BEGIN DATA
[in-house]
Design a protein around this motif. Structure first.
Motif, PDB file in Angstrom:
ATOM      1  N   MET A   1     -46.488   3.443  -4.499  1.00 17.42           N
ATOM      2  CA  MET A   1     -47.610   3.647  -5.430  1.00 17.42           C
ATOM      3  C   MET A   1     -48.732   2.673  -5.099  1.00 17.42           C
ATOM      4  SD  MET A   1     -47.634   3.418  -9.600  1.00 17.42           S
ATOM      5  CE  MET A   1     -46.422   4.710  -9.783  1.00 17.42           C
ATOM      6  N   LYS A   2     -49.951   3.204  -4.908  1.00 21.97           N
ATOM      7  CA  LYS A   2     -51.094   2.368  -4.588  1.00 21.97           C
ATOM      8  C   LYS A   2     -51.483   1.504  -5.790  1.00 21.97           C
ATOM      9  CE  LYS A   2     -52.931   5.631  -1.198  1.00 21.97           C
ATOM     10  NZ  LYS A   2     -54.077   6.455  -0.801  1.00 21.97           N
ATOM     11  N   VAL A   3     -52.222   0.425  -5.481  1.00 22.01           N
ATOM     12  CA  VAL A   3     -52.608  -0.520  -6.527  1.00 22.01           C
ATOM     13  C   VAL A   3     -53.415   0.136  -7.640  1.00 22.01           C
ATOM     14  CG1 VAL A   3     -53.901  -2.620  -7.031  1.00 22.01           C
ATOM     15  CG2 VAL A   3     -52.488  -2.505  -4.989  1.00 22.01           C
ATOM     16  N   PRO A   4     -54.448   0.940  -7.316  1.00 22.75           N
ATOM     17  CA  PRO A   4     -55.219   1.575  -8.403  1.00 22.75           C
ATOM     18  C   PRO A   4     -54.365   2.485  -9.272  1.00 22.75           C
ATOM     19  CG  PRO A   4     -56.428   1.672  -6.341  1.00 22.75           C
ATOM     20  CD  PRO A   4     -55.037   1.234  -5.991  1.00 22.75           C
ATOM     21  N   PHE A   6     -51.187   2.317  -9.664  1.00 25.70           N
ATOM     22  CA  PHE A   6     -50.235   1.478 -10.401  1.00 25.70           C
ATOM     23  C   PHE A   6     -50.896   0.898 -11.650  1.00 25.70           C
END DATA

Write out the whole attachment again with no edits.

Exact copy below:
[in-house]
Design a protein around this motif. Structure first.
Motif, PDB file in Angstrom:
ATOM      1  N   MET A   1     -46.488   3.443  -4.499  1.00 17.42           N
ATOM      2  CA  MET A   1     -47.610   3.647  -5.430  1.00 17.42           C
ATOM      3  C   MET A   1     -48.732   2.673  -5.099  1.00 17.42           C
ATOM      4  SD  MET A   1     -47.634   3.418  -9.600  1.00 17.42           S
ATOM      5  CE  MET A   1     -46.422   4.710  -9.783  1.00 17.42           C
ATOM      6  N   LYS A   2     -49.951   3.204  -4.908  1.00 21.97           N
ATOM      7  CA  LYS A   2     -51.094   2.368  -4.588  1.00 21.97           C
ATOM      8  C   LYS A   2     -51.483   1.504  -5.790  1.00 21.97           C
ATOM      9  CE  LYS A   2     -52.931   5.631  -1.198  1.00 21.97           C
ATOM     10  NZ  LYS A   2     -54.077   6.455  -0.801  1.00 21.97           N
ATOM     11  N   VAL A   3     -52.222   0.425  -5.481  1.00 22.01           N
ATOM     12  CA  VAL A   3     -52.608  -0.520  -6.527  1.00 22.01           C
ATOM     13  C   VAL A   3     -53.415   0.136  -7.640  1.00 22.01           C
ATOM     14  CG1 VAL A   3     -53.901  -2.620  -7.031  1.00 22.01           C
ATOM     15  CG2 VAL A   3     -52.488  -2.505  -4.989  1.00 22.01           C
ATOM     16  N   PRO A   4     -54.448   0.940  -7.316  1.00 22.75           N
ATOM     17  CA  PRO A   4     -55.219   1.575  -8.403  1.00 22.75           C
ATOM     18  C   PRO A   4     -54.365   2.485  -9.272  1.00 22.75           C
ATOM     19  CG  PRO A   4     -56.428   1.672  -6.341  1.00 22.75           C
ATOM     20  CD  PRO A   4     -55.037   1.234  -5.991  1.00 22.75           C
ATOM     21  N   PHE A   6     -51.187   2.317  -9.664  1.00 25.70           N
ATOM     22  CA  PHE A   6     -50.235   1.478 -10.401  1.00 25.70           C
ATOM     23  C   PHE A   6     -50.896   0.898 -11.650  1.00 25.70           C